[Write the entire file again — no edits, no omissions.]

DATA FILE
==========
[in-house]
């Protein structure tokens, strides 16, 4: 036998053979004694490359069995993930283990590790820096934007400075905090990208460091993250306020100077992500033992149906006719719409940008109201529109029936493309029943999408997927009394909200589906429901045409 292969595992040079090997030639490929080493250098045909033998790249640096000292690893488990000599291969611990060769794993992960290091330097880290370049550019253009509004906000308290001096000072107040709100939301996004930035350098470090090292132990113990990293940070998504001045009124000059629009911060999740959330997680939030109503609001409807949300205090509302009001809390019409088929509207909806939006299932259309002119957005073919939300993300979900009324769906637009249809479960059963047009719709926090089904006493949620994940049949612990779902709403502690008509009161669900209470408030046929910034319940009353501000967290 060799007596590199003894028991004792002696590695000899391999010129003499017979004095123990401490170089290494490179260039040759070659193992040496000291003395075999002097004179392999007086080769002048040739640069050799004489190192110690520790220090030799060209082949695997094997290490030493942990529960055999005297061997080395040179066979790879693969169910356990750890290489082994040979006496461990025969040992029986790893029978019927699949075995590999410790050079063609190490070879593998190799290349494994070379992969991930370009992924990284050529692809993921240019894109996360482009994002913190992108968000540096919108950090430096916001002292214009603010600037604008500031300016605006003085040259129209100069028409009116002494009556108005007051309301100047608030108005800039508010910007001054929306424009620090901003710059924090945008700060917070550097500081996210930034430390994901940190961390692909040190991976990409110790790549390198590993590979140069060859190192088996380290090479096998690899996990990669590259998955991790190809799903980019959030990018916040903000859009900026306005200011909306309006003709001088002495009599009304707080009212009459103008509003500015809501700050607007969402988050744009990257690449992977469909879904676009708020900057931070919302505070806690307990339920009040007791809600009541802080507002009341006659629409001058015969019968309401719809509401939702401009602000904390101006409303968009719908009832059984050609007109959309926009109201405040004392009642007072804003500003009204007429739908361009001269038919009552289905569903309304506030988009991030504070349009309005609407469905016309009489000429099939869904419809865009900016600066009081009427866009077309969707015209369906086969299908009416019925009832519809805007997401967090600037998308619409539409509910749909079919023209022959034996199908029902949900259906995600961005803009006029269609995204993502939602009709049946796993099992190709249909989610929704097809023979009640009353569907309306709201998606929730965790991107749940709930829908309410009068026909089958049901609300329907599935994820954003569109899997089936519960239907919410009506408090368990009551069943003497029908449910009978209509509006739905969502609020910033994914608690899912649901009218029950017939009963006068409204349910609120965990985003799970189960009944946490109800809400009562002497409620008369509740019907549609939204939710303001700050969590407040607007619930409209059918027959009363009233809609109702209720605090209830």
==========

[in-house]
């Protein structure tokens, strides 16, 4: 036998053979004694490359069995993930283990590790820096934007400075905090990208460091993250306020100077992500033992149906006719719409940008109201529109029936493309029943999408997927009394909200589906429901045409 292969595992040079090997030639490929080493250098045909033998790249640096000292690893488990000599291969611990060769794993992960290091330097880290370049550019253009509004906000308290001096000072107040709100939301996004930035350098470090090292132990113990990293940070998504001045009124000059629009911060999740959330997680939030109503609001409807949300205090509302009001809390019409088929509207909806939006299932259309002119957005073919939300993300979900009324769906637009249809479960059963047009719709926090089904006493949620994940049949612990779902709403502690008509009161669900209470408030046929910034319940009353501000967290 060799007596590199003894028991004792002696590695000899391999010129003499017979004095123990401490170089290494490179260039040759070659193992040496000291003395075999002097004179392999007086080769002048040739640069050799004489190192110690520790220090030799060209082949695997094997290490030493942990529960055999005297061997080395040179066979790879693969169910356990750890290489082994040979006496461990025969040992029986790893029978019927699949075995590999410790050079063609190490070879593998190799290349494994070379992969991930370009992924990284050529692809993921240019894109996360482009994002913190992108968000540096919108950090430096916001002292214009603010600037604008500031300016605006003085040259129209100069028409009116002494009556108005007051309301100047608030108005800039508010910007001054929306424009620090901003710059924090945008700060917070550097500081996210930034430390994901940190961390692909040190991976990409110790790549390198590993590979140069060859190192088996380290090479096998690899996990990669590259998955991790190809799903980019959030990018916040903000859009900026306005200011909306309006003709001088002495009599009304707080009212009459103008509003500015809501700050607007969402988050744009990257690449992977469909879904676009708020900057931070919302505070806690307990339920009040007791809600009541802080507002009341006659629409001058015969019968309401719809509401939702401009602000904390101006409303968009719908009832059984050609007109959309926009109201405040004392009642007072804003500003009204007429739908361009001269038919009552289905569903309304506030988009991030504070349009309005609407469905016309009489000429099939869904419809865009900016600066009081009427866009077309969707015209369906086969299908009416019925009832519809805007997401967090600037998308619409539409509910749909079919023209022959034996199908029902949900259906995600961005803009006029269609995204993502939602009709049946796993099992190709249909989610929704097809023979009640009353569907309306709201998606929730965790991107749940709930829908309410009068026909089958049901609300329907599935994820954003569109899997089936519960239907919410009506408090368990009551069943003497029908449910009978209509509006739905969502609020910033994914608690899912649901009218029950017939009963006068409204349910609120965990985003799970189960009944946490109800809400009562002497409620008369509740019907549609939204939710303001700050969590407040607007619930409209059918027959009363009233809609109702209720605090209830």